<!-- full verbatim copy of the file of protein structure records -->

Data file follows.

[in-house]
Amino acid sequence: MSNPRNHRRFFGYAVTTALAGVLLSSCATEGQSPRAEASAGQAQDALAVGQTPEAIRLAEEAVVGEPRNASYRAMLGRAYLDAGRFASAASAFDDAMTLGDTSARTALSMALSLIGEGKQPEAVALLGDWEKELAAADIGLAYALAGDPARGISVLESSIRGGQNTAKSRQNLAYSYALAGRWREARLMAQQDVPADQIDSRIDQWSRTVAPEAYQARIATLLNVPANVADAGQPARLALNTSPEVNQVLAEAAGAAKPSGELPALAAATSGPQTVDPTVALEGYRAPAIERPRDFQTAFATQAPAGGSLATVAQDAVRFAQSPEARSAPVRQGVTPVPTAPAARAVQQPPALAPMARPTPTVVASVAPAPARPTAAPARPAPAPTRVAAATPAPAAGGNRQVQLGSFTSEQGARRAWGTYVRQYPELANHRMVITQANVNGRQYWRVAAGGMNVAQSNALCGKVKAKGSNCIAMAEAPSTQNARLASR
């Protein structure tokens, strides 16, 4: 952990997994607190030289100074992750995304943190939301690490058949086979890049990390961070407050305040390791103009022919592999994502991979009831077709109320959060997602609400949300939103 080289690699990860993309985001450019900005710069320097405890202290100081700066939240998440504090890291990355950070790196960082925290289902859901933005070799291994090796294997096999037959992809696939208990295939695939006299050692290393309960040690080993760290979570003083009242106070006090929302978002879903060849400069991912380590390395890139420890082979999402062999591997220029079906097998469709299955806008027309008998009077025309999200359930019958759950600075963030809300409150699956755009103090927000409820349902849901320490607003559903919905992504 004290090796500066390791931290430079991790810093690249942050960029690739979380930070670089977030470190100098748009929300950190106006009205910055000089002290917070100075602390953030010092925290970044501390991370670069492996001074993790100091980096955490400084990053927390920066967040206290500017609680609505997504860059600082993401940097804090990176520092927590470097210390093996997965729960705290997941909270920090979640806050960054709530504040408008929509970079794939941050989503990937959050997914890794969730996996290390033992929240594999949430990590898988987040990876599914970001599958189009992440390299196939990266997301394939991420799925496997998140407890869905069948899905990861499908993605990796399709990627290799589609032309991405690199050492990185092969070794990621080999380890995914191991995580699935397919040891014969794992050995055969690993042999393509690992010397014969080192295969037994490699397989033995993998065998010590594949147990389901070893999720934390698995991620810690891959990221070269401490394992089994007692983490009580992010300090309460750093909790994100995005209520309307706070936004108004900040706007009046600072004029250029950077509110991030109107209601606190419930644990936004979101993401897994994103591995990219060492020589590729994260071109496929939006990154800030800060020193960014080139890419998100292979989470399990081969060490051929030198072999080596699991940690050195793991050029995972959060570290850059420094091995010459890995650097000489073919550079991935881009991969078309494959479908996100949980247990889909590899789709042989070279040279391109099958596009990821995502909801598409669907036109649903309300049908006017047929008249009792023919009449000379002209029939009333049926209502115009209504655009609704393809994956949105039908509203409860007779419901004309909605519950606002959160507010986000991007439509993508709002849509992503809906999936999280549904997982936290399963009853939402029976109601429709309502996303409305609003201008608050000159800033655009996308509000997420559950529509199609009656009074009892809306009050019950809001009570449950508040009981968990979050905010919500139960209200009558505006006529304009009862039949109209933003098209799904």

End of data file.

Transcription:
[in-house]
Amino acid sequence: MSNPRNHRRFFGYAVTTALAGVLLSSCATEGQSPRAEASAGQAQDALAVGQTPEAIRLAEEAVVGEPRNASYRAMLGRAYLDAGRFASAASAFDDAMTLGDTSARTALSMALSLIGEGKQPEAVALLGDWEKELAAADIGLAYALAGDPARGISVLESSIRGGQNTAKSRQNLAYSYALAGRWREARLMAQQDVPADQIDSRIDQWSRTVAPEAYQARIATLLNVPANVADAGQPARLALNTSPEVNQVLAEAAGAAKPSGELPALAAATSGPQTVDPTVALEGYRAPAIERPRDFQTAFATQAPAGGSLATVAQDAVRFAQSPEARSAPVRQGVTPVPTAPAARAVQQPPALAPMARPTPTVVASVAPAPARPTAAPARPAPAPTRVAAATPAPAAGGNRQVQLGSFTSEQGARRAWGTYVRQYPELANHRMVITQANVNGRQYWRVAAGGMNVAQSNALCGKVKAKGSNCIAMAEAPSTQNARLASR
């Protein structure tokens, strides 16, 4: 952990997994607190030289100074992750995304943190939301690490058949086979890049990390961070407050305040390791103009022919592999994502991979009831077709109320959060997602609400949300939103 080289690699990860993309985001450019900005710069320097405890202290100081700066939240998440504090890291990355950070790196960082925290289902859901933005070799291994090796294997096999037959992809696939208990295939695939006299050692290393309960040690080993760290979570003083009242106070006090929302978002879903060849400069991912380590390395890139420890082979999402062999591997220029079906097998469709299955806008027309008998009077025309999200359930019958759950600075963030809300409150699956755009103090927000409820349902849901320490607003559903919905992504 004290090796500066390791931290430079991790810093690249942050960029690739979380930070670089977030470190100098748009929300950190106006009205910055000089002290917070100075602390953030010092925290970044501390991370670069492996001074993790100091980096955490400084990053927390920066967040206290500017609680609505997504860059600082993401940097804090990176520092927590470097210390093996997965729960705290997941909270920090979640806050960054709530504040408008929509970079794939941050989503990937959050997914890794969730996996290390033992929240594999949430990590898988987040990876599914970001599958189009992440390299196939990266997301394939991420799925496997998140407890869905069948899905990861499908993605990796399709990627290799589609032309991405690199050492990185092969070794990621080999380890995914191991995580699935397919040891014969794992050995055969690993042999393509690992010397014969080192295969037994490699397989033995993998065998010590594949147990389901070893999720934390698995991620810690891959990221070269401490394992089994007692983490009580992010300090309460750093909790994100995005209520309307706070936004108004900040706007009046600072004029250029950077509110991030109107209601606190419930644990936004979101993401897994994103591995990219060492020589590729994260071109496929939006990154800030800060020193960014080139890419998100292979989470399990081969060490051929030198072999080596699991940690050195793991050029995972959060570290850059420094091995010459890995650097000489073919550079991935881009991969078309494959479908996100949980247990889909590899789709042989070279040279391109099958596009990821995502909801598409669907036109649903309300049908006017047929008249009792023919009449000379002209029939009333049926209502115009209504655009609704393809994956949105039908509203409860007779419901004309909605519950606002959160507010986000991007439509993508709002849509992503809906999936999280549904997982936290399963009853939402029976109601429709309502996303409305609003201008608050000159800033655009996308509000997420559950529509199609009656009074009892809306009050019950809001009570449950508040009981968990979050905010919500139960209200009558505006006529304009009862039949109209933003098209799904």